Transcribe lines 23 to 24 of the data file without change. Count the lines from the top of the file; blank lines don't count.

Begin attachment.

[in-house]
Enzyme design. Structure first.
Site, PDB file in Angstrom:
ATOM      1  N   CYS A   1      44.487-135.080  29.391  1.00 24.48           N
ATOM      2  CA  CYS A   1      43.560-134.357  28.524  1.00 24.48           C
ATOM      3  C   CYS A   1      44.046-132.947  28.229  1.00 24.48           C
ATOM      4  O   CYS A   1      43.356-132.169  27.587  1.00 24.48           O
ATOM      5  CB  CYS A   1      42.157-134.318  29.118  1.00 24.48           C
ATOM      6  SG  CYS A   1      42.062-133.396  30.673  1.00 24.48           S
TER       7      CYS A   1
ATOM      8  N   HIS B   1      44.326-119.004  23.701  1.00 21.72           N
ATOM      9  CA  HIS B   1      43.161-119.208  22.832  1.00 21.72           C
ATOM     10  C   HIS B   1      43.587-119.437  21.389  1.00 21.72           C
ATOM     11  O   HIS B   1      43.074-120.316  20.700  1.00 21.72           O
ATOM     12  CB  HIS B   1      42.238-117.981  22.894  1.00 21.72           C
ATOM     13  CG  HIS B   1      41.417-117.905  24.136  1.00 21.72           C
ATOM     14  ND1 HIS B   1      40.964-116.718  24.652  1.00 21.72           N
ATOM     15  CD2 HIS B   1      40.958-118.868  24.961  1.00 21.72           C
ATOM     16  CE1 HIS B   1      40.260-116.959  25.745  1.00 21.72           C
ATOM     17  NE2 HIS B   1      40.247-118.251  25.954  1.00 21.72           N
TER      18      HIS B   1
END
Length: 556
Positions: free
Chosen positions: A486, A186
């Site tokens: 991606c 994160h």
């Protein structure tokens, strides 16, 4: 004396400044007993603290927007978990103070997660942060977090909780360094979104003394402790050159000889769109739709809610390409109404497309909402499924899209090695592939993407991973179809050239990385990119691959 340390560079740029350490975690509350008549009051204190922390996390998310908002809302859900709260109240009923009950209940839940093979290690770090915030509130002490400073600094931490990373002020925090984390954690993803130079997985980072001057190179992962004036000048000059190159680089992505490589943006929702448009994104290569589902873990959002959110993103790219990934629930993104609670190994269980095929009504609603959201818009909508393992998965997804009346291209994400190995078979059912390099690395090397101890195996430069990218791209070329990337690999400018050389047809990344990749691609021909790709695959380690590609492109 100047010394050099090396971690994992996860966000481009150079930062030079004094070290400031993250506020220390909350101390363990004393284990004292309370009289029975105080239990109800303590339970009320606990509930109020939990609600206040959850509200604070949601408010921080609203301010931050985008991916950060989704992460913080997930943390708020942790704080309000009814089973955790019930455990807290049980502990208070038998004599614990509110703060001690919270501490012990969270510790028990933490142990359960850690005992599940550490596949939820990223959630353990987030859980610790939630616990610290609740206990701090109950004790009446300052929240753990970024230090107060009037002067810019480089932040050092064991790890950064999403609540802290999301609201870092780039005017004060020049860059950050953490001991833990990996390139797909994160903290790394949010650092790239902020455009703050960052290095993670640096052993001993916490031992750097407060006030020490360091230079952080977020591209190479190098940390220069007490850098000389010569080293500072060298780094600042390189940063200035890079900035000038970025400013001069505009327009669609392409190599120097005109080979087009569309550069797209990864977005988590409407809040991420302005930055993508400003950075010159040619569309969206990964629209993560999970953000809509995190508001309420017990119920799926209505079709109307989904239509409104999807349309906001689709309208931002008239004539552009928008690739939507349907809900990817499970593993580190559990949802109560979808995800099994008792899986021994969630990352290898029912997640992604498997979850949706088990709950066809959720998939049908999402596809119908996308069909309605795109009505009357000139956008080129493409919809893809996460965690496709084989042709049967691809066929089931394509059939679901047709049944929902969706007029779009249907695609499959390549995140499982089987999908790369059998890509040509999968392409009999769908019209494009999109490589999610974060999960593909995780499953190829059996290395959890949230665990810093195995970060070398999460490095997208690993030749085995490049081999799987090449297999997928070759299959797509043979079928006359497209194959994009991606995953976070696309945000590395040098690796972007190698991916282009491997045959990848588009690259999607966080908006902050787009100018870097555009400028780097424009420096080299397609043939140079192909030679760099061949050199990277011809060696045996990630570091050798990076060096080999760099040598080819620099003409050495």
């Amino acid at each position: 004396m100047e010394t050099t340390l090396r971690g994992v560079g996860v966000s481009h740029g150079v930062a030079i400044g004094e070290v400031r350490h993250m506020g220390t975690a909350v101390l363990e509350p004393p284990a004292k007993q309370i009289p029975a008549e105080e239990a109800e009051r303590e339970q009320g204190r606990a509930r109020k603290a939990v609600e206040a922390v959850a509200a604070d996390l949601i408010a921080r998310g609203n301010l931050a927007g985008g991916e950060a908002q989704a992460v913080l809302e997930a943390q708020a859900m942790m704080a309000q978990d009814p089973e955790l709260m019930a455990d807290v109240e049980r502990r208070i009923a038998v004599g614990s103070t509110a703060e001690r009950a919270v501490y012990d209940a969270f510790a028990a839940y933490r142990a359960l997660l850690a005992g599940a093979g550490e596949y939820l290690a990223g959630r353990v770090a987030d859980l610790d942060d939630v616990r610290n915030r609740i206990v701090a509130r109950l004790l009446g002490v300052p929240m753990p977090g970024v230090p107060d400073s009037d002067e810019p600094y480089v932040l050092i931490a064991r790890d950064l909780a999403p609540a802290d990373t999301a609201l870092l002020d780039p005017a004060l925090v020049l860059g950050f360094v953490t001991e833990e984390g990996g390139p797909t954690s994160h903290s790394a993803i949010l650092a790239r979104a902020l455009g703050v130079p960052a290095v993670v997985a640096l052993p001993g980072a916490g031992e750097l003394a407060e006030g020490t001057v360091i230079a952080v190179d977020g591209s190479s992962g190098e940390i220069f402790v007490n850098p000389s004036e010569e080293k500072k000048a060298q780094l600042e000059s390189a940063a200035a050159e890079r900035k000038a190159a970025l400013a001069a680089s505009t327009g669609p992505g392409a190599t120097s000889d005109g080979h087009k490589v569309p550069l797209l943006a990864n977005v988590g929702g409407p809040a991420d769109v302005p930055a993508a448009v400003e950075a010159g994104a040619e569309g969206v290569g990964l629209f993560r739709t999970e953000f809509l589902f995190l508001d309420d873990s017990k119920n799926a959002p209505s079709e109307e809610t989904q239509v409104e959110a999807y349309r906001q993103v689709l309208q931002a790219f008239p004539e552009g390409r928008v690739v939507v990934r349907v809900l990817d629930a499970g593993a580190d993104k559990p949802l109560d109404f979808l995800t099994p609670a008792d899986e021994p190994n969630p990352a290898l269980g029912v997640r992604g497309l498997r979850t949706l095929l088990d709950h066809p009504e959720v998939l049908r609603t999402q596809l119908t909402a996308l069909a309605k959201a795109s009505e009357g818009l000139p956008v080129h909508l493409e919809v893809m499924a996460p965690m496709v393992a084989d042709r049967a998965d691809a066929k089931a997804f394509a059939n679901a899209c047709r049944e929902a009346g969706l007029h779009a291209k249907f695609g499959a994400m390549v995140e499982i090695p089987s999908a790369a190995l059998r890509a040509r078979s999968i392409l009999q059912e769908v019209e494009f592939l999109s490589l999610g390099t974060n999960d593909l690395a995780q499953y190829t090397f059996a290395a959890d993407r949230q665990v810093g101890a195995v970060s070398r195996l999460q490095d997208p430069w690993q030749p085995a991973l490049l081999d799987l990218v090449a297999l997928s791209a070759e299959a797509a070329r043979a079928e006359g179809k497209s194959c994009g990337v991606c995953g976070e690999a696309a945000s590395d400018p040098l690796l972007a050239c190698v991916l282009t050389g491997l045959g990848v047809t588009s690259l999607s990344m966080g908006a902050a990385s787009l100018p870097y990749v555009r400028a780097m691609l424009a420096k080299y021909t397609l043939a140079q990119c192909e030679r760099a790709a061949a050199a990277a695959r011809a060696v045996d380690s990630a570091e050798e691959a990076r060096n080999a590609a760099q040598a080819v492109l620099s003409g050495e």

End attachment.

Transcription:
Length: 556
Positions: free